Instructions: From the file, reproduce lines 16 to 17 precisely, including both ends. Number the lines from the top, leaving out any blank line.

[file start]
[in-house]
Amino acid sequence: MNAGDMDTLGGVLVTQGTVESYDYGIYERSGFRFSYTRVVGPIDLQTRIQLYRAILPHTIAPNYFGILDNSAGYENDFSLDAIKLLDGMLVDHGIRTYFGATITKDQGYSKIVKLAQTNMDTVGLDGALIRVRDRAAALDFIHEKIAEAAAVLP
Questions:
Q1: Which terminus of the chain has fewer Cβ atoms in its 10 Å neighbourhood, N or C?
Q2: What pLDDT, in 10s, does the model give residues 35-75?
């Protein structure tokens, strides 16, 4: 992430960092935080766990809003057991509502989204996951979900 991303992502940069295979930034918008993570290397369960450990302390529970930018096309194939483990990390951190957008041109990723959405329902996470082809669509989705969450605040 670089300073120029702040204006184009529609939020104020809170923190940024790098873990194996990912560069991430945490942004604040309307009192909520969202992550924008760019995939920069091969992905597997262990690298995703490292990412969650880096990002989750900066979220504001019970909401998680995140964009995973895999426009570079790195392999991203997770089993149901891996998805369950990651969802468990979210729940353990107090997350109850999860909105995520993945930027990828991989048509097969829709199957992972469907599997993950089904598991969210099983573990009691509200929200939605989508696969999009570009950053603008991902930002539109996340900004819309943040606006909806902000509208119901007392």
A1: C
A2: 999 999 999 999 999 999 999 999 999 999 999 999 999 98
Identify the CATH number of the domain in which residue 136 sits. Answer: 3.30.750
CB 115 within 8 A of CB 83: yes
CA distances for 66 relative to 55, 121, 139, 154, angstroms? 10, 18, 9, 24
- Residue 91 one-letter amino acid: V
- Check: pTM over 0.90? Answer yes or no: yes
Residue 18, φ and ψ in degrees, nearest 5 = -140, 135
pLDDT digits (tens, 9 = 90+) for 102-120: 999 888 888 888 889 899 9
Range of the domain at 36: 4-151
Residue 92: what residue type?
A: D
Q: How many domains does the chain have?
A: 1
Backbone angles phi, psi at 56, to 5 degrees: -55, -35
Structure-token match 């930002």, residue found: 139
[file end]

Range of the domain at 36: 4-151
Residue 92: what residue type?